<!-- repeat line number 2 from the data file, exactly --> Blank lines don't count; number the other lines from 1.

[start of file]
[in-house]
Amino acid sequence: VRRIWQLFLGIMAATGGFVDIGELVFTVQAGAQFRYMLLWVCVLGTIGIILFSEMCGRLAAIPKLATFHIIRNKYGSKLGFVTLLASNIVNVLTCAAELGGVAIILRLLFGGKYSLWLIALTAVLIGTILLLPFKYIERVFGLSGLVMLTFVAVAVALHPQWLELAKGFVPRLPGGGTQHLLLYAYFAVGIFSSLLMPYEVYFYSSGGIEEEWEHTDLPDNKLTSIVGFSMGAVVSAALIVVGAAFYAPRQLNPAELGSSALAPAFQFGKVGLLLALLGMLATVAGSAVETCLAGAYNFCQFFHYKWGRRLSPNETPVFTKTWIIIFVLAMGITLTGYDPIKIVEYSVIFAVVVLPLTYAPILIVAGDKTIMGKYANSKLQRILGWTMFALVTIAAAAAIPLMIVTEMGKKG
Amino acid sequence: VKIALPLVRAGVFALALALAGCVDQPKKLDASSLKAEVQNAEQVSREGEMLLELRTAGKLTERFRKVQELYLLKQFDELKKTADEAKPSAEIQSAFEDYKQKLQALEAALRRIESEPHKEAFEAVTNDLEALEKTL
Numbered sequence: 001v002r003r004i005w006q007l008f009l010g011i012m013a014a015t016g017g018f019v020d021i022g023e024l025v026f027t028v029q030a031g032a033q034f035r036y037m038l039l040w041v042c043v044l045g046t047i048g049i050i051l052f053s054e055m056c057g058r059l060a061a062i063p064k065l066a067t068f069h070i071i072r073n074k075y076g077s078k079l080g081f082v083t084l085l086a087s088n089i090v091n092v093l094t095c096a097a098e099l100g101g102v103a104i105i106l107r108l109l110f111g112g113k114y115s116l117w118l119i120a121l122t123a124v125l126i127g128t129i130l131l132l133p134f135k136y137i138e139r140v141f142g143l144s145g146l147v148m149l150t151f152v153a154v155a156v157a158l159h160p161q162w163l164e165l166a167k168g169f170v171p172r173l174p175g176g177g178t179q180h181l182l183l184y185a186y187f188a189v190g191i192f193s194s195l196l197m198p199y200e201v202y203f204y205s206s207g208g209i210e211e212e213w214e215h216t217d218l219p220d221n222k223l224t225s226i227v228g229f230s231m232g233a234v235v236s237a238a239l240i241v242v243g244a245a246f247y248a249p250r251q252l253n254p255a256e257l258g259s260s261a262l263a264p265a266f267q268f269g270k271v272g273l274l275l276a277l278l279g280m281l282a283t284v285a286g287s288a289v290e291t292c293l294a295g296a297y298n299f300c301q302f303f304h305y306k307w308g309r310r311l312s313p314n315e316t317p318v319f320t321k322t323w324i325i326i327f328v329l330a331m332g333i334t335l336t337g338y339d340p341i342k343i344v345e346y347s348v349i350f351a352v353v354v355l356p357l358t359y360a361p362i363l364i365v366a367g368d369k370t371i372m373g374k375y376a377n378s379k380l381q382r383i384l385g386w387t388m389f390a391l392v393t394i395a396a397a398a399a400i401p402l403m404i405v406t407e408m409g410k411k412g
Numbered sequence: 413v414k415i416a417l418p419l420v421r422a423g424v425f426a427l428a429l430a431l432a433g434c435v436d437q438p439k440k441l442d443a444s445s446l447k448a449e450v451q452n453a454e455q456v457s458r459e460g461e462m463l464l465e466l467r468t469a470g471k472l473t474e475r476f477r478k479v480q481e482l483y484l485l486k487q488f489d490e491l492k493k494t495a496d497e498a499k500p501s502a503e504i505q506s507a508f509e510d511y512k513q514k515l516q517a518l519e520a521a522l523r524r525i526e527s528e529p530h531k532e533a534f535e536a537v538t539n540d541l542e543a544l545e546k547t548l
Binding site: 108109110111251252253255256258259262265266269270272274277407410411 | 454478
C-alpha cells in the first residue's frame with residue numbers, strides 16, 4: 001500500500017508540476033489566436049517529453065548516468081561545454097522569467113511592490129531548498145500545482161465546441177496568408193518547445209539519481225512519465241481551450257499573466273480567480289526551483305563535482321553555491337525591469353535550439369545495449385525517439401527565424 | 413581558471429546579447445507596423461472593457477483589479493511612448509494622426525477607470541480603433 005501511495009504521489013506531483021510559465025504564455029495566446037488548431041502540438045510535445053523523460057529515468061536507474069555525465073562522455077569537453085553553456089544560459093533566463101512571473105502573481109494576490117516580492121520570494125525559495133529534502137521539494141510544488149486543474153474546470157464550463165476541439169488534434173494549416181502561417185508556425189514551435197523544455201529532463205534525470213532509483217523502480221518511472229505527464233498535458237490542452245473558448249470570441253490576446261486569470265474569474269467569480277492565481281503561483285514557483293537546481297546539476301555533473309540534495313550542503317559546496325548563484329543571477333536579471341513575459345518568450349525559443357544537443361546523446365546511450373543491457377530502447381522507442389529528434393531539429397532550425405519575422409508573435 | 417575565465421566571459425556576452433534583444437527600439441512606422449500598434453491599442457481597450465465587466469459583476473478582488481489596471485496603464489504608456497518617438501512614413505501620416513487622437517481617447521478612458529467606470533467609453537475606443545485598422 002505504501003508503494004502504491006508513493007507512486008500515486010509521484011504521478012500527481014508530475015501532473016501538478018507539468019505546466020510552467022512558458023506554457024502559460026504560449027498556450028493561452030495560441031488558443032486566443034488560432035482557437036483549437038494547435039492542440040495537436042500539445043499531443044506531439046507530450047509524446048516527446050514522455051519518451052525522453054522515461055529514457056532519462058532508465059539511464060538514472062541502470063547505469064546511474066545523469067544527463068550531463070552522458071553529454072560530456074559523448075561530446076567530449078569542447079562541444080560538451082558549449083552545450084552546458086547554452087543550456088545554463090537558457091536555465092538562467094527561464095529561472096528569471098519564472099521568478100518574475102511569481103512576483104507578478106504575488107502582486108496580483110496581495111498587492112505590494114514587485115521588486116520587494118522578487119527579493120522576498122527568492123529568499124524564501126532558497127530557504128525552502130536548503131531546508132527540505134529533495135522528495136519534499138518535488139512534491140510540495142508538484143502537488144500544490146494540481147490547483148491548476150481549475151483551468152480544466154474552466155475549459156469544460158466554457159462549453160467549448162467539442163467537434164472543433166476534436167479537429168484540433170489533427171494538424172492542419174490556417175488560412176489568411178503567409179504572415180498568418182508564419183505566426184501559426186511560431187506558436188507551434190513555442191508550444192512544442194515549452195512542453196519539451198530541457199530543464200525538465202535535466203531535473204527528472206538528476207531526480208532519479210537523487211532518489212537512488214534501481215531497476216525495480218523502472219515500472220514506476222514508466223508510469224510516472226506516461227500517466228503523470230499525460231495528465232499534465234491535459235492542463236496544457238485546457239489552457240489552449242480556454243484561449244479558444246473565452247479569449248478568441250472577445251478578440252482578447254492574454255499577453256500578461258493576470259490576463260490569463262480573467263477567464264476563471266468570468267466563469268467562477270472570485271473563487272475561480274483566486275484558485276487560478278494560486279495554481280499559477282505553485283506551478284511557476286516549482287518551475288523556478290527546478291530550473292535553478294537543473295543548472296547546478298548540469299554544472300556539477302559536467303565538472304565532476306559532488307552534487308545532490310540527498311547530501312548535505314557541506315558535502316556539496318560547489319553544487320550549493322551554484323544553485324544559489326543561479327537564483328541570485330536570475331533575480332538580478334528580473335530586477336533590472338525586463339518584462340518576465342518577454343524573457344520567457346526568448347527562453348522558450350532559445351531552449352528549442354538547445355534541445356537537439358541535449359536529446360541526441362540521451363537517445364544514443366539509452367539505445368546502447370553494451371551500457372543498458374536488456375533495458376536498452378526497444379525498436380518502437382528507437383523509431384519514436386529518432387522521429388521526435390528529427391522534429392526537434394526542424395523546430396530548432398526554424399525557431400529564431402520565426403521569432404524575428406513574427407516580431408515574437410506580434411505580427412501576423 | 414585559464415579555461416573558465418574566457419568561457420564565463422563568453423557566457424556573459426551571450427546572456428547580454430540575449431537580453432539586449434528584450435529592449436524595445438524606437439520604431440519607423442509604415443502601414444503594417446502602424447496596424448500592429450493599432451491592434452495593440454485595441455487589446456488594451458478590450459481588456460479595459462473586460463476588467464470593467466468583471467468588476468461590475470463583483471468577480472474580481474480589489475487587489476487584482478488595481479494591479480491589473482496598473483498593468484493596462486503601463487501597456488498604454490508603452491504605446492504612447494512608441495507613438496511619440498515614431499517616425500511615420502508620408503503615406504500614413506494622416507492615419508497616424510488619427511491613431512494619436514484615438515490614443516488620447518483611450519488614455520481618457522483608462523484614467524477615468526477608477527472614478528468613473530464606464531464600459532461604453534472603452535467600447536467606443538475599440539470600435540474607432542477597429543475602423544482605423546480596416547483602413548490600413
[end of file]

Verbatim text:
Amino acid sequence: VRRIWQLFLGIMAATGGFVDIGELVFTVQAGAQFRYMLLWVCVLGTIGIILFSEMCGRLAAIPKLATFHIIRNKYGSKLGFVTLLASNIVNVLTCAAELGGVAIILRLLFGGKYSLWLIALTAVLIGTILLLPFKYIERVFGLSGLVMLTFVAVAVALHPQWLELAKGFVPRLPGGGTQHLLLYAYFAVGIFSSLLMPYEVYFYSSGGIEEEWEHTDLPDNKLTSIVGFSMGAVVSAALIVVGAAFYAPRQLNPAELGSSALAPAFQFGKVGLLLALLGMLATVAGSAVETCLAGAYNFCQFFHYKWGRRLSPNETPVFTKTWIIIFVLAMGITLTGYDPIKIVEYSVIFAVVVLPLTYAPILIVAGDKTIMGKYANSKLQRILGWTMFALVTIAAAAAIPLMIVTEMGKKG